The craft-beer world produces plenty of hot takes, and these days most revolve around hazy IPAs. Love ’em or hate ’em, almost every Colorado brewery makes at least one, either by choice or because of consumer pressure.
Zach Nichols doesn't hate hazies, but they aren't the reason he got into brewing beer. Nichols prefers traditional farmhouse saisons, particularly the kind that are inoculated with wild yeasts or sour-inducing bacteria, and that's what his small Lafayette brewery, Cellar West Artisan Ales, specializes in creating.
But many of his customers — including those who have supported Cellar West's primary mission — keep asking when he's going to brew a hazy IPA. "It's not what I set out to do with Cellar West, but you get to a point where enough people are asking that you feel like a jerk if you don't respond," Nichols says.
And Nichols isn't a jerk. So about a year ago, he began thinking about how he could brew beers that are "more playful," including hazy IPAs, without diluting Cellar West's goals. The answer, he decided, was to create a side project, a second brand with a different name and logo that would concentrate on these styles.
The result is Make Believe Beer, which will introduce its first canned brews next week. Starblossom is a 6.2 percent ABV hazy IPA double-dry-hopped with Nelson Sauvin, Simcoe and Mosaic hops.
"The main focus is more modern and imaginative beers, different processes for brewing IPAs and different hop varieties," he explains. "Cellar West is rooted in fine, traditional beers brewed with grace and finesse. [Make Believe] will be more fun and playful, which is how we came up with the name Make Believe. It embodies that. It's a way for us to dip our toes in and to play with new movements stylistically.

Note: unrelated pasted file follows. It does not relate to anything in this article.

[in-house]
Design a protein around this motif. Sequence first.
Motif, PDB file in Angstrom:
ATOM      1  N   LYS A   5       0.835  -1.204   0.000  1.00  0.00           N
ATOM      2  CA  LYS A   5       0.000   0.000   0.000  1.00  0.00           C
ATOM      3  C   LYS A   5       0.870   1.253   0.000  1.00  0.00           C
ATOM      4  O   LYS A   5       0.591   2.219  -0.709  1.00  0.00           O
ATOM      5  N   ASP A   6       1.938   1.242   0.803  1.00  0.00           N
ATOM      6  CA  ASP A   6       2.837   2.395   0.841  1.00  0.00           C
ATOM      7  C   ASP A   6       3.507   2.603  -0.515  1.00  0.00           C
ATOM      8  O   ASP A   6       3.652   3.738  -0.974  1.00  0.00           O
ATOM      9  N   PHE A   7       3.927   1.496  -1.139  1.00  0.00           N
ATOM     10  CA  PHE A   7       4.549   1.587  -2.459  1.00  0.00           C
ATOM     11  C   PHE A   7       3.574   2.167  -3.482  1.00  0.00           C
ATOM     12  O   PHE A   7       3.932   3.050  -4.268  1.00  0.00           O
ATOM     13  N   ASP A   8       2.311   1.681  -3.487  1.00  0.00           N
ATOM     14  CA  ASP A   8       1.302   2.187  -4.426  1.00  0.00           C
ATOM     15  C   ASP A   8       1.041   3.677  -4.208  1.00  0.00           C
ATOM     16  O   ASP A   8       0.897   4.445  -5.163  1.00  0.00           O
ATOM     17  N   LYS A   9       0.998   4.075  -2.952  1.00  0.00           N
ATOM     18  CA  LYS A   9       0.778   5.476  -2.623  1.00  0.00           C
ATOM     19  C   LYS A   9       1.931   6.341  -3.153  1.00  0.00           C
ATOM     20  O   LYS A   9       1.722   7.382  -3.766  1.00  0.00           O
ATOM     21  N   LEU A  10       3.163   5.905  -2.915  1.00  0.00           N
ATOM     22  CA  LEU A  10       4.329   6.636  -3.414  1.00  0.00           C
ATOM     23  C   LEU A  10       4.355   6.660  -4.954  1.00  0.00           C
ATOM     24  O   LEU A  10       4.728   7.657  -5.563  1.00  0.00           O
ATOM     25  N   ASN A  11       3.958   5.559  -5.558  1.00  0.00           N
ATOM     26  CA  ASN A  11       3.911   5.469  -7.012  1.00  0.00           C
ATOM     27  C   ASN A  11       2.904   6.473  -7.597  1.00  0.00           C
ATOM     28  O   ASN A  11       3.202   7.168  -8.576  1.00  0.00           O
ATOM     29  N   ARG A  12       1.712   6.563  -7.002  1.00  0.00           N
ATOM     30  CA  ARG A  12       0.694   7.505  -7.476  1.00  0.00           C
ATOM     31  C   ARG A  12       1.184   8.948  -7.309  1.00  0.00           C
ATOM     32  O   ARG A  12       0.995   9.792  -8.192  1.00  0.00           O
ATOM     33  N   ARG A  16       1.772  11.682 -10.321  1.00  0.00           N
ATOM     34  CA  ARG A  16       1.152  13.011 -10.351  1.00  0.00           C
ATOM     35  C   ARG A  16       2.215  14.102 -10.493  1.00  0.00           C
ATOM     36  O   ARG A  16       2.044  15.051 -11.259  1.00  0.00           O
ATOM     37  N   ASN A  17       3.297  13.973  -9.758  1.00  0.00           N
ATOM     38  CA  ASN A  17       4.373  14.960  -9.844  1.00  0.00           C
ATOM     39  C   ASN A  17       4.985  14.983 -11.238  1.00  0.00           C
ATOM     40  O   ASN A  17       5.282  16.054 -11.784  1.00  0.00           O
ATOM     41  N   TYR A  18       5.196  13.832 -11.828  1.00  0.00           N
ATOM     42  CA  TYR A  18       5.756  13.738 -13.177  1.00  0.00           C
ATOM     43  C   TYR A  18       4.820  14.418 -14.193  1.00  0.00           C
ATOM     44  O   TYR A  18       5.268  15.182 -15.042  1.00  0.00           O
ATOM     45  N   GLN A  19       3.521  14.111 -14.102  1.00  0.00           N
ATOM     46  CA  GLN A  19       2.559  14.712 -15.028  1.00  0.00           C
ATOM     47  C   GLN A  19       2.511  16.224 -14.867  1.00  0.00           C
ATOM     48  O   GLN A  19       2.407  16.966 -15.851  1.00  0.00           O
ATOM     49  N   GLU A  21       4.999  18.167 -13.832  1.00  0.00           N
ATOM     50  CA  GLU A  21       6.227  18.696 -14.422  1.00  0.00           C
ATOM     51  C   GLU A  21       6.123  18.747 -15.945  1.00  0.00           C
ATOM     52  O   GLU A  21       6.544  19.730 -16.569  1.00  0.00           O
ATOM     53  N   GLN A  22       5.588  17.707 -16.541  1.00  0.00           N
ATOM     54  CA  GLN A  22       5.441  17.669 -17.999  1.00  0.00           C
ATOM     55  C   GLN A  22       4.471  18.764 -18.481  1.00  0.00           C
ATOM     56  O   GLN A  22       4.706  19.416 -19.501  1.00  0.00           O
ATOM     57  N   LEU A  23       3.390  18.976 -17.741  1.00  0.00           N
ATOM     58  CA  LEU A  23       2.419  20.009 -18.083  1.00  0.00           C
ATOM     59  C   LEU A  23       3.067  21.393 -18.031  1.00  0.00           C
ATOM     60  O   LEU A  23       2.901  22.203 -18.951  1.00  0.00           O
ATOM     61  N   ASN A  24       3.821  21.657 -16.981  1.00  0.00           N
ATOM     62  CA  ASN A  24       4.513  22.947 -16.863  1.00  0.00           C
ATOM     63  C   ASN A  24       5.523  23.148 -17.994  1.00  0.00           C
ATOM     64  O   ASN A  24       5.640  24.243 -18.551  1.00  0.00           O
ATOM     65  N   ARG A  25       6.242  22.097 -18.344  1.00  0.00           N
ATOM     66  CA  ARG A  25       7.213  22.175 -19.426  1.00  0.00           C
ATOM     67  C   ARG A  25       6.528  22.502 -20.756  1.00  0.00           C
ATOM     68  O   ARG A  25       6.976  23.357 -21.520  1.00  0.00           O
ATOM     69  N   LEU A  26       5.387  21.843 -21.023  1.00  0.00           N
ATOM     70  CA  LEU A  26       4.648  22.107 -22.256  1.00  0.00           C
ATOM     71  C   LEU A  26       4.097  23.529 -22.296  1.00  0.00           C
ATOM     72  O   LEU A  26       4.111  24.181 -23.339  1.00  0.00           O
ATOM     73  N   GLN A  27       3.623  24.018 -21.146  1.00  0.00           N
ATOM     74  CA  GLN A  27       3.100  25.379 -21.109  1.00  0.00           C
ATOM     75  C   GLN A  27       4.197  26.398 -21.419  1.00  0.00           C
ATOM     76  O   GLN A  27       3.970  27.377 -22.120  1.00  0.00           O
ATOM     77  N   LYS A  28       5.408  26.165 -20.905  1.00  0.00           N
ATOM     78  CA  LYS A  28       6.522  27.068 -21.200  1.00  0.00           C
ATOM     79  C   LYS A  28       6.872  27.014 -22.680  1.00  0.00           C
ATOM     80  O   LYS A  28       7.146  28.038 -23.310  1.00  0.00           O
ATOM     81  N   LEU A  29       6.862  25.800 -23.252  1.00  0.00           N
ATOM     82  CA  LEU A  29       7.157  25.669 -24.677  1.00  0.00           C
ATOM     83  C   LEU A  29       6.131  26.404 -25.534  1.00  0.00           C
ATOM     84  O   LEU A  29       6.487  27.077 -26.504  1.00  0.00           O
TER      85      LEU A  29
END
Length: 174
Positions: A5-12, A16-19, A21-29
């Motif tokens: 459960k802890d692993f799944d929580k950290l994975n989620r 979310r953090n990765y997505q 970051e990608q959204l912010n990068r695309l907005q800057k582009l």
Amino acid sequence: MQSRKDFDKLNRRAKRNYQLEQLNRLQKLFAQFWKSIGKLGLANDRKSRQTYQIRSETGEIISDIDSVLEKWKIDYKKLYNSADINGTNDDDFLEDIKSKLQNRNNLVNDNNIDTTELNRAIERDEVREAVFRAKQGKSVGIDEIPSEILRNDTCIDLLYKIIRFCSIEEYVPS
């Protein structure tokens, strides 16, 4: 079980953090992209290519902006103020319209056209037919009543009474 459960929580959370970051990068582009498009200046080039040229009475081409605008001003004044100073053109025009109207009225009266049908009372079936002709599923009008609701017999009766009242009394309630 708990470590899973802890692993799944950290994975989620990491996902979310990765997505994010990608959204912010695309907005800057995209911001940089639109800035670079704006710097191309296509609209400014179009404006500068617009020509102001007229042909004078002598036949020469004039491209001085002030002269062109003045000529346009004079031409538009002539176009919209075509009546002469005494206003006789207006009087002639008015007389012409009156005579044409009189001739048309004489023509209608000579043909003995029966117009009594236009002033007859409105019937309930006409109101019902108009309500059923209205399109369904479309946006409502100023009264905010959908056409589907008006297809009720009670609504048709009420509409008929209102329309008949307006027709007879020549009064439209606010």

"When I decided that this was something we wanted to pursue, I went down the rabbit hole," Nichols continues. "I started trying a lot of them, asking people which ones are their favorites, and asking myself if there was anything I could do to bring something new to the table. I think we found some ways to bring our footprint to it. I don’t want to do anything that is a carbon copy of something else."
Nichols also points out that the Make Believe beers will only be sold out of the taproom rather than in liquor stores. "Good hazy IPAs are inherently not shelf-stable, so the goal is to have them come and go really quickly," he says. The brewery may even host dock sales to separate the experience from Cellar West.
If things go well, Nichols would like to brew some collaborative beers with friends in the industry, as well. In the past, partnering with Cellar West meant making a saison. Now, he says, he can broaden the choices.
There are a handful of other breweries across the country that have tried out the idea of secondary brands, with varying degrees of success. In Colorado, Black Project Spontaneous & Wild Ales began as a side project of Former Future Brewing before Former Future was discontinued. Denver Beer Co. operates a secondary brand called Cerveceria Colorado, while 4 Noses Brewing recently opened the Wild Provisions Beer Project.
Some of the best-known offshoots, or sister brands, nationwide include Bruery Terreux and Offshoot, both from California's the Bruery; Springdale from Jack's Abbey Brewing in Massachusetts; and the Lost Abbey, which grew out of the Pizza Port restaurants in California fifteen years ago.
Cellar West Artisan Ales is located at 778-B West Baseline Road in Lafayette and is currently open from 4 to 9 p.m. Monday through Friday and 1 to 9 p.m. Saturday and Sunday. Call 720-465-9346 or visit the brewery's website for more details.
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